- Nitrate Control
- Do not let your nitrates hit or stay at zero.
- See: Putting the N in dinoflagellates
- See: A Nitrate Dosing Calculator For Better Tank Health (And Better Coral Color!)
- Starvation conditions (zero or near-zero nitrate or phosphate levels) should be avoided.
- Keep in mind that dissolved nutrients are not "waste products" to be eliminated
- They are nutrients for the critters you care about like corals
- The are also nutrients for a potential multitude of mostly-unknown/anonymous microbes that are needed to bring stability to a new tank.
- Once excess nutrients have an impact, in fact, they usually can't be simply eliminated with media anyway – they've probably already had an impact on the tank's microbial cycle. (See blog link #3 at bottom.)
- This all adds up to skipping almost all "extra" nutrient removing steps during the tank's initial development. This period seems to be especially critical, and longer in a tank started with dry, dead rock. Don't use anything until it's absolutely needed and other options have been fully exhausted...and be conservative with how you apply any nutrient removing tool.
When attempting to control an organism like a dinoflagellate, confirming the ID will help, if possible:
- So to begin with, make sure you have Dinos – you should have multiple factors at work...these factors were mentioned in the first section above. The less these factors seem to describe your tank, the less likely any of this advice will be correct for your situation – so post questions!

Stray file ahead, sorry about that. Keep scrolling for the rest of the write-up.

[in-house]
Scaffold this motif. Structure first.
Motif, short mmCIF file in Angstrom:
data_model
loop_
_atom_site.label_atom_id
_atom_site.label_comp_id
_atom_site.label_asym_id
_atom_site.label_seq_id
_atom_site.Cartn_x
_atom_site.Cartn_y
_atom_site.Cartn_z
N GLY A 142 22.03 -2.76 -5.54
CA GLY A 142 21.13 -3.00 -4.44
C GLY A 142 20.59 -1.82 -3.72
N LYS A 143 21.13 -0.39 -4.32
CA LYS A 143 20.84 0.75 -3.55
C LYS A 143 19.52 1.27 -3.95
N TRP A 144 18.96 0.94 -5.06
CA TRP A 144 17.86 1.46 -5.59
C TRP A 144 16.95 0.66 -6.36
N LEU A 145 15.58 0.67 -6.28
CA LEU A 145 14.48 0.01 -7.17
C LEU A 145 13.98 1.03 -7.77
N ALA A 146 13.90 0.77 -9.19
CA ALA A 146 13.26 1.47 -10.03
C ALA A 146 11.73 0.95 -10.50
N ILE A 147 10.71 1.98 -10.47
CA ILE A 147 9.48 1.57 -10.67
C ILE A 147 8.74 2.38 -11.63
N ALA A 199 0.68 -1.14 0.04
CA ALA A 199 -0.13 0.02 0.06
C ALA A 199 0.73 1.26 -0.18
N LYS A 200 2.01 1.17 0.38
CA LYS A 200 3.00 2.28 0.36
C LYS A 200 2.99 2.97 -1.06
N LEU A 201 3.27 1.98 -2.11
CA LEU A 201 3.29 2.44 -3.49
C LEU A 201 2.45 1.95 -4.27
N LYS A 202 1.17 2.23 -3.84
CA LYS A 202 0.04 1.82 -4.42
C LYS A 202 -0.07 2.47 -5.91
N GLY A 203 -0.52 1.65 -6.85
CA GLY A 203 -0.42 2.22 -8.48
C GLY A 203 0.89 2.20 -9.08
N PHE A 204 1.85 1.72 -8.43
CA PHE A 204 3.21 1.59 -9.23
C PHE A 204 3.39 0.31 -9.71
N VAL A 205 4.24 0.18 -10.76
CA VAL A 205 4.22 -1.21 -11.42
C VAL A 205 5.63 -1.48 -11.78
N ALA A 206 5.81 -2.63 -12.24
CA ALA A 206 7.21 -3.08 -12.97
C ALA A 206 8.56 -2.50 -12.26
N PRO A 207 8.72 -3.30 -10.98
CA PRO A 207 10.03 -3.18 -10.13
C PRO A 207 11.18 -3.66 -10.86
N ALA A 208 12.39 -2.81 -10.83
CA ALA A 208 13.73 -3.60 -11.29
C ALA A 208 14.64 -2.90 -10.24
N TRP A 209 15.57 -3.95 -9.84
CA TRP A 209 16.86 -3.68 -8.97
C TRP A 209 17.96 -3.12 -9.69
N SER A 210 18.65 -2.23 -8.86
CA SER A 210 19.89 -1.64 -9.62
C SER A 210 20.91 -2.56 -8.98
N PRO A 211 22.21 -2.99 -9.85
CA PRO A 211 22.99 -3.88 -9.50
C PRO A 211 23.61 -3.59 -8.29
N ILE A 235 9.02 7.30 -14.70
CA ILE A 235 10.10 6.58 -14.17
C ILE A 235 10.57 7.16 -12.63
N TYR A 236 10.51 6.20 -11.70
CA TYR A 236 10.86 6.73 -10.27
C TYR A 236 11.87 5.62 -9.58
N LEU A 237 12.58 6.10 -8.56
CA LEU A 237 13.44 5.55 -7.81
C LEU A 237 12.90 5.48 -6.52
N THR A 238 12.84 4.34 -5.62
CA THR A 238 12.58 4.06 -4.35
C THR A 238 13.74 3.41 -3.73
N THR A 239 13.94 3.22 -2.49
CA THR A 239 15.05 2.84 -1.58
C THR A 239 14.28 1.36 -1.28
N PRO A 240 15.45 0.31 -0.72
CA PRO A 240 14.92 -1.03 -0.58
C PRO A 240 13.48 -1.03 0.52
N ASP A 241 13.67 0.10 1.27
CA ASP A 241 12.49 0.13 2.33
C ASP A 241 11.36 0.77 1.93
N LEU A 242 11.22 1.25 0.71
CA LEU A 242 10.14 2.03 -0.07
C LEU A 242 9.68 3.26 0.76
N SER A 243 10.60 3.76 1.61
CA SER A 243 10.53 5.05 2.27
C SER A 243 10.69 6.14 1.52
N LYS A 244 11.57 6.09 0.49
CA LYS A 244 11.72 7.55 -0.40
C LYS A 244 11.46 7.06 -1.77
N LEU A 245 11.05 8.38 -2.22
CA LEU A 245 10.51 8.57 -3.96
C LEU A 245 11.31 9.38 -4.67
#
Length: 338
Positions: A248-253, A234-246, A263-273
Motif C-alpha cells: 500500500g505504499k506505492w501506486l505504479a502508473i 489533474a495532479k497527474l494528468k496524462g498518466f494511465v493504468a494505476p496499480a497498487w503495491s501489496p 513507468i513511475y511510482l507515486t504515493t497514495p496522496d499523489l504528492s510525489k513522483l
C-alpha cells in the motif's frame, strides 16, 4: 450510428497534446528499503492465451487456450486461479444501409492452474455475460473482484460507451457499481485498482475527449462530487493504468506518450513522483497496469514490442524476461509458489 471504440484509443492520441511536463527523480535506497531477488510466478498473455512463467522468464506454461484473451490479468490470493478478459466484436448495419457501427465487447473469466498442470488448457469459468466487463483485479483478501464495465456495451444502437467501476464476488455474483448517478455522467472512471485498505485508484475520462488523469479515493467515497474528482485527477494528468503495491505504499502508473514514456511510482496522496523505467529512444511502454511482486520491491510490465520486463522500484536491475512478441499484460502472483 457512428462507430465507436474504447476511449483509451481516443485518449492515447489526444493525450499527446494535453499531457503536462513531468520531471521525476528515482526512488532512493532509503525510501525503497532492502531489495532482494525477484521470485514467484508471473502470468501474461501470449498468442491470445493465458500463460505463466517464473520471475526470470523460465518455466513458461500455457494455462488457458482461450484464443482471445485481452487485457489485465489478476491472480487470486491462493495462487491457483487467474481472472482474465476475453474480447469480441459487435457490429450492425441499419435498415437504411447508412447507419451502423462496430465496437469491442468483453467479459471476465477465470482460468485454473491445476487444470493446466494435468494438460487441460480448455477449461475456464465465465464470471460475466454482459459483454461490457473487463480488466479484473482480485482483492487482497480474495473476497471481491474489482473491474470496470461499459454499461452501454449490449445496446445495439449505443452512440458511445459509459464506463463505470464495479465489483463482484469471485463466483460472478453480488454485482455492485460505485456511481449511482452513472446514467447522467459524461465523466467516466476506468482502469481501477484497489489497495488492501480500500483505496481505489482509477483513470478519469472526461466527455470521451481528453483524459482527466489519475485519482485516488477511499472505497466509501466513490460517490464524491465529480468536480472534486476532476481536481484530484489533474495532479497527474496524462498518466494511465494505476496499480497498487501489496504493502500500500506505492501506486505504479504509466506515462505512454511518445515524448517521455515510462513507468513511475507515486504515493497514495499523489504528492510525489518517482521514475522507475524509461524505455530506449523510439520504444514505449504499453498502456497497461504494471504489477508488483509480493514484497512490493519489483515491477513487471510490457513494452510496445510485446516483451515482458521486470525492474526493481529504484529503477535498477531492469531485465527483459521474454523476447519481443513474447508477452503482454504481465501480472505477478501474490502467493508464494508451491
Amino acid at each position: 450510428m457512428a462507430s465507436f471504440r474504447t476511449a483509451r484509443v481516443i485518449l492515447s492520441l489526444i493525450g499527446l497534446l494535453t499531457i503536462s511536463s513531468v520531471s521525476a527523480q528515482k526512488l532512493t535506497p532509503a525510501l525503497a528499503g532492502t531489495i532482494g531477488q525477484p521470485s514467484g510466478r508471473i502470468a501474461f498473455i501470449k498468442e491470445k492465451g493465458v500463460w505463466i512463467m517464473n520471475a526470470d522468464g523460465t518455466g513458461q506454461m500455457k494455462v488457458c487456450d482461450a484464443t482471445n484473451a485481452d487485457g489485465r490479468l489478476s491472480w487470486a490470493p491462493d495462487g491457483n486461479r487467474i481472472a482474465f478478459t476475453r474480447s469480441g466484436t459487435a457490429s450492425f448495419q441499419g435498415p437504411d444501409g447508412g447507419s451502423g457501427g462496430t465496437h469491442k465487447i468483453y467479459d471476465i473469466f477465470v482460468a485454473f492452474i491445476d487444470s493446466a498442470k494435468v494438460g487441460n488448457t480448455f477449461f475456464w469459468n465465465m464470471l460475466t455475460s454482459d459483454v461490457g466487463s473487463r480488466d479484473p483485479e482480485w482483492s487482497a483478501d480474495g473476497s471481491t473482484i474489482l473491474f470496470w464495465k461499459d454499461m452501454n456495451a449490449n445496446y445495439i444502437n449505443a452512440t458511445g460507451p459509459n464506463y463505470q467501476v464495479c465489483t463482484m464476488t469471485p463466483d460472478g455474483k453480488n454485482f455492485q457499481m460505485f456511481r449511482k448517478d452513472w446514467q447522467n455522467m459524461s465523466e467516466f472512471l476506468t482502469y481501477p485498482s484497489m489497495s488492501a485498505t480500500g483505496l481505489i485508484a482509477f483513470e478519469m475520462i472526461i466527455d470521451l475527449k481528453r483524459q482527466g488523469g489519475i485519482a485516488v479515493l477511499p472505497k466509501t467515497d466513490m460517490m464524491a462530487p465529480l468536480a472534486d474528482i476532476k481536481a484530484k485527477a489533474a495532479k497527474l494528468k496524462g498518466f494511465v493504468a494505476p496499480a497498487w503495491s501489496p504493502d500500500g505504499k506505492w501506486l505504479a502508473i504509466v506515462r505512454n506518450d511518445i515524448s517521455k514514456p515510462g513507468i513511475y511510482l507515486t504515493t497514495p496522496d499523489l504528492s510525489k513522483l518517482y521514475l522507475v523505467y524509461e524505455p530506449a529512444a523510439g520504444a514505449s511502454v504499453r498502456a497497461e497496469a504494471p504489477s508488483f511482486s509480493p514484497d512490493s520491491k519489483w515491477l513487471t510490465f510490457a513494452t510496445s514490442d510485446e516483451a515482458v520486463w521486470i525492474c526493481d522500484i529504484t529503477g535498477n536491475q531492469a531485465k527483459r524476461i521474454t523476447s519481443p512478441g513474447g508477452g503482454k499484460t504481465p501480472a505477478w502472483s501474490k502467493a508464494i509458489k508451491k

- Once you have confirmed that you have dino's you should ideally figure out what type(s) your tank is hosting. (Multiple species blooms seem almost as common as single-strain blooms.)
- A basic 1200x microscope will be useful and doesn't have to be fancier than a $15 toy scope. Even a $50 scope is a lot nicer, if you think you might be more serious about it.
- See: Selecting a microscope for more discussion.
- Compare your dino's with photos where @taricha and @Beardo have already made ID's:
- (Click the link. Then click the SEARCHbutton at the bottom of the search page.)
So, after you get a measure of control, make sure you read What is the End Game?
- Extra Measures
Generally, these tools will give extra control in terms of removing and/or killing cells in the water column....usually, along with other measures explained here, expediting the close of the dino bloom.
You can find discussions throughout the thread by using this search, with a great breakout of spec's on post #3770.
- Diatom Filtration
Effective, but not that popular. The more common units like the classic Vortex are somewhat difficult to use, and the newer units like the new Marineland Polishing Filter are relatively unknown. Still worthy of consideration.
- Post #2725 has a great diary of tank observations, test results and time-series graphs during the treatment for dino's from one of our members.
- Disturbances we cause in our tanksare what allow microbial/algal populations to shift and ugly/harmful blooms to happen.
- Take measures to assure that your feeding system is very consistent. An auto-feeder is an overlooked tool on most tanks. Look at Eheim's feeders...set them on low with high quality flake food. Just don't let them run your whole feeding program as flake isn't great food.
- Find out what inconsistencies you can eliminate with your husbandry to prevent more unneeded disturbances and the resulting microbial/algal changes. This could be changes to lighting or water chemistry – make them as consistent as you can.
- E.g. If you're adding new livestock all the time, stop it. If you have a color-tunable light fixture, stop re-tuning the colors. If you don't have an ATO keeping your salinity stable, get one. If you're still managing your dosing by hand, get an $80 4-head doser. Etc.
- If you provide the stability, then your dino's competitors will start competing with them and their predators will start eating them!!